A Glimpse of Sakura Fever in Tokyo
Tokyo’s hanami season is one of the busiest and most celebrated times of the year. People from all over the world fly in to take in the sights, sounds and snacks of this festive occasion. The cherry blossoms are the main event. Even sharing the experience with thousands of others, you’re able to look up and see nothing but flowers. The sakura’s bloom lasts just a couple of weeks.
Hanami usually involves a picnic under the trees with friends or family. Special hanami bento are boxed lunches packed with easy to share food, make your own or they are available at most major department stores. The aristocrats of the Heian Era began this tradition over one thousand years ago, and it lives on in modern Japan.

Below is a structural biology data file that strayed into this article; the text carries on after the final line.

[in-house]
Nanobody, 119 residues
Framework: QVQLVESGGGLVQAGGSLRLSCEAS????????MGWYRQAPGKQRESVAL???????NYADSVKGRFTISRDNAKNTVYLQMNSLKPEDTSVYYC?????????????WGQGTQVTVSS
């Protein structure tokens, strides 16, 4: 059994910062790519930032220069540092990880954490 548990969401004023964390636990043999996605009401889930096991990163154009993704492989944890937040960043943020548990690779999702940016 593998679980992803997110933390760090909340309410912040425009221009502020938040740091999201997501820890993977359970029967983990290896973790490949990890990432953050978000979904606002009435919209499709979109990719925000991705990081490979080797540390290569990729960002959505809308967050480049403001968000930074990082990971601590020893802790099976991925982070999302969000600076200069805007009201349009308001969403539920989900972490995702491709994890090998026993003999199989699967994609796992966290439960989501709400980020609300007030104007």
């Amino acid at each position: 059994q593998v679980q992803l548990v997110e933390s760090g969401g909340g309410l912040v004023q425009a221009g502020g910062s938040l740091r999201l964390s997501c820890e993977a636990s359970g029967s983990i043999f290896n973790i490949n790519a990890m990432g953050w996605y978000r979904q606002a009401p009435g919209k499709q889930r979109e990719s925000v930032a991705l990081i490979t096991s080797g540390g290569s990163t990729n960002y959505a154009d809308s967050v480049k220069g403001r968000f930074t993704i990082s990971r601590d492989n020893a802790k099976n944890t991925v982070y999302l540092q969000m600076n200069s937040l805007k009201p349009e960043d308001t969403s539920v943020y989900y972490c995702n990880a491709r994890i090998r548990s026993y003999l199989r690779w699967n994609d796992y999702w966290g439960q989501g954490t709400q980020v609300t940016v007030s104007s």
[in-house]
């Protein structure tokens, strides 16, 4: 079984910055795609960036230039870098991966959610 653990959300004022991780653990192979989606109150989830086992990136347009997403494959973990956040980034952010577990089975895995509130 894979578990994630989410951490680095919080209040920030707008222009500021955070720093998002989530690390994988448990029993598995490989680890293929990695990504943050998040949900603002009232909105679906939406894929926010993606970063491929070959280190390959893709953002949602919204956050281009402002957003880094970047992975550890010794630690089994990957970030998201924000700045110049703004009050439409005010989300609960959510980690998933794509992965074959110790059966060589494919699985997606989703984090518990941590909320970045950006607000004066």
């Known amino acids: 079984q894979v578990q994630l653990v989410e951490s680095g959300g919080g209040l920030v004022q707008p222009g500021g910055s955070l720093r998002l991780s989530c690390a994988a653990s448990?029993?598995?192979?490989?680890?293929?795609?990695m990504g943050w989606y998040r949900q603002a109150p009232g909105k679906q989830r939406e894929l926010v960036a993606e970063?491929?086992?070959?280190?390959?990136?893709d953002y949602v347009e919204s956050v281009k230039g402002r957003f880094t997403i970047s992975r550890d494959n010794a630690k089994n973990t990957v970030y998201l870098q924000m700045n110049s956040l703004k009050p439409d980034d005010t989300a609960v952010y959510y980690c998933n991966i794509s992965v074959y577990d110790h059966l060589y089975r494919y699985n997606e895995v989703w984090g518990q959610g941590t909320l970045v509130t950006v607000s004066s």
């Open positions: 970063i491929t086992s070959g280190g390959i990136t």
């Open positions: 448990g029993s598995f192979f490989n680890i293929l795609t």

There are many traditional snacks associated with springtime in Japan and picnics under the blossoms (often called a hanami party). These include hanami dango and other wagashi (sweets) with sakura or spring elements, such as the leaves, flavor or color.
More modern sakura snacks are popular, too, not just for hanami but for the spring season in general. While the sakura trees will never bear fruit, their petals and leaves create a surprisingly versatile flavor. It is used in everything from pastries and coffee to savory dishes. Every spring, nearly every bakery, pastry shop and confectionery in Japan will come out with their own spin on the popular flavor.